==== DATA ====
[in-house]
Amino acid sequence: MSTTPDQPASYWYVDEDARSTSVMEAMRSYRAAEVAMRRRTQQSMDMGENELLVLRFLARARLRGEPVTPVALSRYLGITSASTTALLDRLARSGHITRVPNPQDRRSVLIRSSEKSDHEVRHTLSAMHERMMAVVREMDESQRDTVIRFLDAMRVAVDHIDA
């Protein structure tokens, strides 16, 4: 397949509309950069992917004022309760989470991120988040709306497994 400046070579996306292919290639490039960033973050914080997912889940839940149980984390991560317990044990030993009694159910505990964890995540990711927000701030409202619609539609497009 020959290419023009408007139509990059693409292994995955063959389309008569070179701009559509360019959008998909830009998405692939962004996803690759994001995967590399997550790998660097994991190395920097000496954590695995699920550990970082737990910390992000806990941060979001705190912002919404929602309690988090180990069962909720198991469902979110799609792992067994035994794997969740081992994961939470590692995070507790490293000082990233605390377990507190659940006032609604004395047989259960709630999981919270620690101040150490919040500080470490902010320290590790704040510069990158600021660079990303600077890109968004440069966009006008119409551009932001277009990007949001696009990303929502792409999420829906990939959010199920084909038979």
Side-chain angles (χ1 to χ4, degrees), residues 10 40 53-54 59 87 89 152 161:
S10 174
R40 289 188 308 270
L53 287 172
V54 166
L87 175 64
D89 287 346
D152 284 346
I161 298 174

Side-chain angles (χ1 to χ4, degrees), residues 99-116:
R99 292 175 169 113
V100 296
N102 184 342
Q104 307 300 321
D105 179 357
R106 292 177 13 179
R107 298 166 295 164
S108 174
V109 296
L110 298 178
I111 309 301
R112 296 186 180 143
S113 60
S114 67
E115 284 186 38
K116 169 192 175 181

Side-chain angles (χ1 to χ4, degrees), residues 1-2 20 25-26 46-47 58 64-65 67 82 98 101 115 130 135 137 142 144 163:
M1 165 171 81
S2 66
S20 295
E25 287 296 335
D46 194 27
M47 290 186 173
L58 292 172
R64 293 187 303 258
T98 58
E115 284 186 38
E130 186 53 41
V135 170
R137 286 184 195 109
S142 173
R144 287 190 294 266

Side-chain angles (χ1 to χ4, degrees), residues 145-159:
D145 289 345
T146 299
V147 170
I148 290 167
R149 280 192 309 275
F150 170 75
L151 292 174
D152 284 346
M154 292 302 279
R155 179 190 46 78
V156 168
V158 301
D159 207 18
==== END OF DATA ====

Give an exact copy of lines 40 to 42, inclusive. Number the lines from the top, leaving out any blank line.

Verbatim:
E115 284 186 38
E130 186 53 41
V135 170